Everyone knows maths has problems. And you have to solve them. That is about it. Even those with a Ph.D. in maths treat it as a subject, an area of learning, that consists of questions that have to be answered.
And this has been the norm since modern education began. For maybe around 300 years, maths has never changed. But what if it did?
Ask any average student, from the five-year-old to the college graduate, is maths easy? No! – comes an instant response. And we pin this difficulty on the child not having practiced enough, or not having enough creativity. But what if the approach to maths is in the wrong?
The approach IS wrong. Maths isn’t a subject with problems and answers. It’s a language. Where you speak to nature, ask questions, make statements and nature judges them and leads you to what you want to find. And to find our way to where we want to go, we have to learn the language of nature.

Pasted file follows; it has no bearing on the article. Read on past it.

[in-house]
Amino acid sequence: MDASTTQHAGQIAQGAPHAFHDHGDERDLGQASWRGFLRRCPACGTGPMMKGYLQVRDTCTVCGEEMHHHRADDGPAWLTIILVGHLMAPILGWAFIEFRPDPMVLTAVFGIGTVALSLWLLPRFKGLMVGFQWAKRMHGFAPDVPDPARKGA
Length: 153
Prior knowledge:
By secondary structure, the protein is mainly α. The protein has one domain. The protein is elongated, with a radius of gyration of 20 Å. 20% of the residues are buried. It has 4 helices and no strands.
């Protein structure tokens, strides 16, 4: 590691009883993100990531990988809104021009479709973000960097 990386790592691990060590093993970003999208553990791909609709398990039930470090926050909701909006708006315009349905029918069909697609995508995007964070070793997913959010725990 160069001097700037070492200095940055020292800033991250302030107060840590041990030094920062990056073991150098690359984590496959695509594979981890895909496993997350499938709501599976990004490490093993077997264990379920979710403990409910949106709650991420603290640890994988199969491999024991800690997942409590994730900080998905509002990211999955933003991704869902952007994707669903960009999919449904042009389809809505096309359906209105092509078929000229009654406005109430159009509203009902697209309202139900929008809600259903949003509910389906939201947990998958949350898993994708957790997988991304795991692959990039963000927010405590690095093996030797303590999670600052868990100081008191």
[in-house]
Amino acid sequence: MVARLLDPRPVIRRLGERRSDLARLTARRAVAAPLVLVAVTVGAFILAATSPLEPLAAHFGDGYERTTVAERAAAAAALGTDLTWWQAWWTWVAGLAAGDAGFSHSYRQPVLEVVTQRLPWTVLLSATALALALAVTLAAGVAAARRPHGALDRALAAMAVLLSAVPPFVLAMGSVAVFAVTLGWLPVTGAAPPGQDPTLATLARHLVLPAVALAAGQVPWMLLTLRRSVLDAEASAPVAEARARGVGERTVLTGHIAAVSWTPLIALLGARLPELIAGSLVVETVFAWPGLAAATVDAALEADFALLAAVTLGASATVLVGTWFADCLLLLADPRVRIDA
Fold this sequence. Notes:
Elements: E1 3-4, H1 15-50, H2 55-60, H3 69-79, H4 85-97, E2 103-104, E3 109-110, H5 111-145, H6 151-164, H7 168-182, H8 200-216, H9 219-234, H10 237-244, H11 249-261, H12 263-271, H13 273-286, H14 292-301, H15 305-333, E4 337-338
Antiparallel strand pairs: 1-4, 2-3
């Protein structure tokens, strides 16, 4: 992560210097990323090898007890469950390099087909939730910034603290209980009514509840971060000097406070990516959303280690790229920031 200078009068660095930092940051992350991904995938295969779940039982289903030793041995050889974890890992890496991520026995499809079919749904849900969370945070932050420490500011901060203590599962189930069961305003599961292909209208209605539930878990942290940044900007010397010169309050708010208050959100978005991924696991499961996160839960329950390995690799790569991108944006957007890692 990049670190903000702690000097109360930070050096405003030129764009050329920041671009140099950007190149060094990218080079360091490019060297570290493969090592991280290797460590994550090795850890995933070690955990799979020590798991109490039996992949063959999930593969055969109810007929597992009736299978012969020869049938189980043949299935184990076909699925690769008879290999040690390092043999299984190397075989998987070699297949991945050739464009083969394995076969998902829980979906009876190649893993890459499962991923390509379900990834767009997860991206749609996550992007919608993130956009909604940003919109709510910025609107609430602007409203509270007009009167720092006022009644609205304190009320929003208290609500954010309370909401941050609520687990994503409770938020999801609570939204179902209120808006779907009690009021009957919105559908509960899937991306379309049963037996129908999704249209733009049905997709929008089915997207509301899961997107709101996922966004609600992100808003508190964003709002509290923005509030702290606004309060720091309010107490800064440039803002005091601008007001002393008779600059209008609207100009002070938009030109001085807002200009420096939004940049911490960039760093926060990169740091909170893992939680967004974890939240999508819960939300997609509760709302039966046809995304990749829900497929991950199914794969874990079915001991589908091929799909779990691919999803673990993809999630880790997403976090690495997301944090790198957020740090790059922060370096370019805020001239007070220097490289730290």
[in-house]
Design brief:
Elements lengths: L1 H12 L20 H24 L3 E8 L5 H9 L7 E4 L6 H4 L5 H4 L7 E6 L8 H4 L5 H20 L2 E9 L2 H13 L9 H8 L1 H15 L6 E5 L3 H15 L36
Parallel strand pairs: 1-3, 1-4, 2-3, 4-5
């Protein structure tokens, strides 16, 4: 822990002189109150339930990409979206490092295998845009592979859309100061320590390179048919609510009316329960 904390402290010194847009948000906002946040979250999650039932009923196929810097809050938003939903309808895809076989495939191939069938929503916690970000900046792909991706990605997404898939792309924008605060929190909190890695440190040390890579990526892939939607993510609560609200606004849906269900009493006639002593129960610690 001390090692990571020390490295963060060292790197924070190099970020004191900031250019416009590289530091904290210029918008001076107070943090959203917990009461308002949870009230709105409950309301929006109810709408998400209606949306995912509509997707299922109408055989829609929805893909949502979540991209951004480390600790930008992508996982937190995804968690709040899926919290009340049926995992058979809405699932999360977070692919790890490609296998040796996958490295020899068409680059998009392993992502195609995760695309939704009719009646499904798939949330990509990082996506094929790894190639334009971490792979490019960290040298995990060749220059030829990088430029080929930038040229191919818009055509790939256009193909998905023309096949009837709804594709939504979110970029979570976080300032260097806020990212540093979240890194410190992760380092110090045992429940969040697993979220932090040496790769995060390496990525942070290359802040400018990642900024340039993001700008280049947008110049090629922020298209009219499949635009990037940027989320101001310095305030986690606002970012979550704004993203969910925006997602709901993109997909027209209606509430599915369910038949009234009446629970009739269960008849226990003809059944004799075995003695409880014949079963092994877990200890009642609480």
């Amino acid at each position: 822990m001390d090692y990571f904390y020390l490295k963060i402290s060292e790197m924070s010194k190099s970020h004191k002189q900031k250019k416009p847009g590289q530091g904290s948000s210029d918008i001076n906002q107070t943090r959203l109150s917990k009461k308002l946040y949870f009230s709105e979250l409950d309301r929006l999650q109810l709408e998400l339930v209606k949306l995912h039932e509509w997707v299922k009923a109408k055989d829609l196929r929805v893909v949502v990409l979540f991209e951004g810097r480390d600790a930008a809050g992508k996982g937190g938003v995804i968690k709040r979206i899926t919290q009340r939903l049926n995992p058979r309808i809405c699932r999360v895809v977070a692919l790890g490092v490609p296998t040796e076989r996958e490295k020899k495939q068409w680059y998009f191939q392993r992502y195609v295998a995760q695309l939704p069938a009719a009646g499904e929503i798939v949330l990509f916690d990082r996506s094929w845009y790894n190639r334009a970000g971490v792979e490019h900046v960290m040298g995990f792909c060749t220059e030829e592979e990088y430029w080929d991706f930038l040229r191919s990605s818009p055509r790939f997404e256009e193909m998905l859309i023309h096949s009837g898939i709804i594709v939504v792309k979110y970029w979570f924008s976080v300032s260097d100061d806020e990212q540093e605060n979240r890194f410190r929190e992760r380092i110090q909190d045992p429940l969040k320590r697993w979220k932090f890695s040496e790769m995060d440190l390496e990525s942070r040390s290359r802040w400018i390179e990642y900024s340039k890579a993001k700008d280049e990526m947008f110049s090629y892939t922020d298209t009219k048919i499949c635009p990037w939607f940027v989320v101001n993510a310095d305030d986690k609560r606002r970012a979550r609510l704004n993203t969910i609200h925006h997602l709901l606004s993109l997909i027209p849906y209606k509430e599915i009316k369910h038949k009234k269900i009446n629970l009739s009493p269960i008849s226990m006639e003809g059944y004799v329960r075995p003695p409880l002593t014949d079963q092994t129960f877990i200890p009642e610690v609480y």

When we treat maths like a language, suddenly, maths is instinctive. It isn’t giving you tasks to complete. It’s working with you, talking to you, dropping subtle hints. It’s a living breathing force that moves you, towards an understanding. And in return, it only asks that you speak to it, freely. And by doing so, tap into the most efficient way of reaching nirvana – speaking maths.